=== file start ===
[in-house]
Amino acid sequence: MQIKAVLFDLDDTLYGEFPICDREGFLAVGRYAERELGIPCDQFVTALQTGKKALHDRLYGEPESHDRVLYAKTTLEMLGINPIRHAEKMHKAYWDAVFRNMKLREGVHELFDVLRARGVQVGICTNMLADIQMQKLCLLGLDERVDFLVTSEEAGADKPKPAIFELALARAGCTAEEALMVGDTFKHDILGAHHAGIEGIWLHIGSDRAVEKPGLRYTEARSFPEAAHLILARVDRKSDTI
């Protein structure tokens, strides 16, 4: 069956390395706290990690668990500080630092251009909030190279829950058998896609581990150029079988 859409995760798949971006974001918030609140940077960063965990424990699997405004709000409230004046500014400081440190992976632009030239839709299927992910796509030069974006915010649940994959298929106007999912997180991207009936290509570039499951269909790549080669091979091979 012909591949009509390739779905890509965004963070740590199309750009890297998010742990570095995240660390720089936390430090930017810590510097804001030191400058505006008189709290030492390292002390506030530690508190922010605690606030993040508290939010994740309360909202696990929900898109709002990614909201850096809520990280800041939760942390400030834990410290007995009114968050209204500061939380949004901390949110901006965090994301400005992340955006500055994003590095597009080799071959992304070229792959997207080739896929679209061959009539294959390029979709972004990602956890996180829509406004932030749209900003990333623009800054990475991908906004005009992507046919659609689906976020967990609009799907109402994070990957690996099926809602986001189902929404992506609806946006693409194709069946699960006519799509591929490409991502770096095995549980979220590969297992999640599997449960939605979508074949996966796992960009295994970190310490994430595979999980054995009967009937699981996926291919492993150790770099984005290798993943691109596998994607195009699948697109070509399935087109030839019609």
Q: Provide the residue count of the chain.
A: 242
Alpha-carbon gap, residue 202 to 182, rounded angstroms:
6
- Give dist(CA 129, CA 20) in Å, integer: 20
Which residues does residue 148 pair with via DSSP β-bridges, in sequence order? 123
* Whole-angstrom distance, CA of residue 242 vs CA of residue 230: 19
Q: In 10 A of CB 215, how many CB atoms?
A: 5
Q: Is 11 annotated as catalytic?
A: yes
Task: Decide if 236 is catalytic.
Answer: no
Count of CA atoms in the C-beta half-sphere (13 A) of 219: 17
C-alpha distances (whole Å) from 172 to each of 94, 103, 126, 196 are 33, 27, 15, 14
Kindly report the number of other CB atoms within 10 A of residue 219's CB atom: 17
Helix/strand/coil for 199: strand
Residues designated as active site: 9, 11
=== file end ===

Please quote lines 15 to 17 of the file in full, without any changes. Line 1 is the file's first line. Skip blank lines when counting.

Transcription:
Task: Decide if 236 is catalytic.
Answer: no
Count of CA atoms in the C-beta half-sphere (13 A) of 219: 17